As I see it, the Blitzfighter could be a truly low cost, lightweight fighter for the 1990s — an alternative to V /STOL perhaps. Industry is developing the concept with company and IR & D funds; no DOD contracts. The Blitzfighter would be procured by the thousands, would re quire very little training to operate, and would promise high readiness rates through simplicity. Capability would come from force size rather than sophistication . Characteristics — Blitzfighter Weight : 7,500 lbs. to 10,000 lbs. as compared to 20,000 lbs. to 40,000 lbs. for current fighters. Operational Radius: 100 nm Propulsion : one 5000- pound thrust turbofan engine Equipment: one 30mm gun with 350 rounds of ammo, radio, air conditioner and ejection seat Unit Flyaway Cost : $1.8 million The Blitzfighter, if ever developed, might yield a larger, more ready force. What is your assessment of this concept? Would this be an alternative to V / STOL for the 1990s ? Why not explore this concept further ? How much would be required in FY80 to do so ?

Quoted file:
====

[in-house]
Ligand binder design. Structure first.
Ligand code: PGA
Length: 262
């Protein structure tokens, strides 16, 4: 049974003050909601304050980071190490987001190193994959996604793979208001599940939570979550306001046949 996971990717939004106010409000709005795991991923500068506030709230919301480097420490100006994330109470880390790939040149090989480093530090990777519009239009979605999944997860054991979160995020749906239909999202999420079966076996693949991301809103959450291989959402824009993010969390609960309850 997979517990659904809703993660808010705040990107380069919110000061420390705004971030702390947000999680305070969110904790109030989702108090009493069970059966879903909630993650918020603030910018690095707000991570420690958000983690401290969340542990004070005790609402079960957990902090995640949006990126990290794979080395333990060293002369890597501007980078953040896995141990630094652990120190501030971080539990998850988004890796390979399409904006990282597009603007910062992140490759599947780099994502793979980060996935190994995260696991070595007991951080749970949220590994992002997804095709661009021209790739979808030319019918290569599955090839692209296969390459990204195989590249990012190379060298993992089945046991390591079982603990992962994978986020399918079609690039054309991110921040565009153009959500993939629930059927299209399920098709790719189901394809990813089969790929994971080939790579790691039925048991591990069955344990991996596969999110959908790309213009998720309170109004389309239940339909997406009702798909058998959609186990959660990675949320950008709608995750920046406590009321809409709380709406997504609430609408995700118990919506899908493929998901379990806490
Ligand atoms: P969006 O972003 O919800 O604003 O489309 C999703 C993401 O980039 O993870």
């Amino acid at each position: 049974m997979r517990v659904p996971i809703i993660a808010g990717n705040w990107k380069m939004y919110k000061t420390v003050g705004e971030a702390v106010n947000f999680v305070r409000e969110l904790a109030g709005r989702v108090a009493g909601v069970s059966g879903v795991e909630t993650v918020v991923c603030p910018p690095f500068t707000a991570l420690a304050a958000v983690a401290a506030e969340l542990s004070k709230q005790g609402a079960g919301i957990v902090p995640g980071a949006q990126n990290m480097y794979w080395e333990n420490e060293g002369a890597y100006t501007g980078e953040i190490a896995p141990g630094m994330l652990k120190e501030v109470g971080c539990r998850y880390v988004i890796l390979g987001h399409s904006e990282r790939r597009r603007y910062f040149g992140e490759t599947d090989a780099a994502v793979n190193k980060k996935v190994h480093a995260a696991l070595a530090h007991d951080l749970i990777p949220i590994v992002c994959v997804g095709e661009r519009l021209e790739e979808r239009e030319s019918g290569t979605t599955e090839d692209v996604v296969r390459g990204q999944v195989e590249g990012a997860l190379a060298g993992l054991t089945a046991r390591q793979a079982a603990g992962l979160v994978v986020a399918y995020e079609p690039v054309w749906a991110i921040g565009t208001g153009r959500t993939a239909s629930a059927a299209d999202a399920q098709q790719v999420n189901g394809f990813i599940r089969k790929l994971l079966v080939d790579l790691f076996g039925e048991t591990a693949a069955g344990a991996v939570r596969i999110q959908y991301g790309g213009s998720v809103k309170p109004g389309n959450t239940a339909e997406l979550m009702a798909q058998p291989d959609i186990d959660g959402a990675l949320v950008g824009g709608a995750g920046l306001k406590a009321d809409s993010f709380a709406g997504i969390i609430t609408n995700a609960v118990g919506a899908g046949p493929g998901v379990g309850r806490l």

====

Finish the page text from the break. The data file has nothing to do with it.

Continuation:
The Air Force's most prominent deficiency in the Air Interdiction and Close Air Support Mission Areas is the [redacted]. The Blitzfighter concept does not address nor could it satisfy this need. As envisioned, the Blitzfighter would be an ultra -specialized air craft. Its specialization would deny the Tactical Commander needed flexibility in the fluid character of battle and its gun -only capability assumes away the need for mass destructive firepower. A key limiting factor in providing air support is the opportunity to expend ordnance ; the opportunity dictated by the traditional Euro pean bad weather. Simple, minimum avionics type systems will not provide the opportunity to employ tactical airpower when and where it will be needed, thus creating a sanctuary from which the enemy could be able to make and/or exploit breakthroughs. Even if favor able weather allowed the Blitzfighter to operate , the concept lends itself to a reactive or defensive role because it presupposes failure of NATO ground defenses ( operative only against enemy penetrations). Looking at cost of the system in isolation is not a valid measure of capability to do the job in the perceived environment. In addition to cost estimates, we must examine performance, effectiveness, survivability, vulnerability, etc. , data . We can then conduct cost versus mission effectiveness trade-offs in relation to the required capability. Numbers of aircraft are important and a truly low cost, high reliability tactical aircraft could allow the Air Force to increase the number of aircraft in our inventory. However, if the needed capability is not inherent in the force, the numbers of aircraft become meaningless. Fur ther, only front end unit acquisition cost (disregarding capability) is what makes the Blitzfighter concept attractive. Operations and Maintenance, Spares, Personnel and training costs could be a real cost driver if we considered buying aircraft by the “ thousands." The Air Force plans to conduct concept definition studies for a system to satisfy identified needs. The Air Force would look favorably on a truly low cost tactical aircraft design if it were effective and best satisfied our needs. Whether Blitzfighter or any other system would be an alternative to V /STOL for the 1990s is subject to evaluation of the concept definition studies. The FY 80 request of $ 8.0M in PE 63230, Combat Aircraft Technology, if approved ,will permit the Air Force to pursue the required concept definition studies.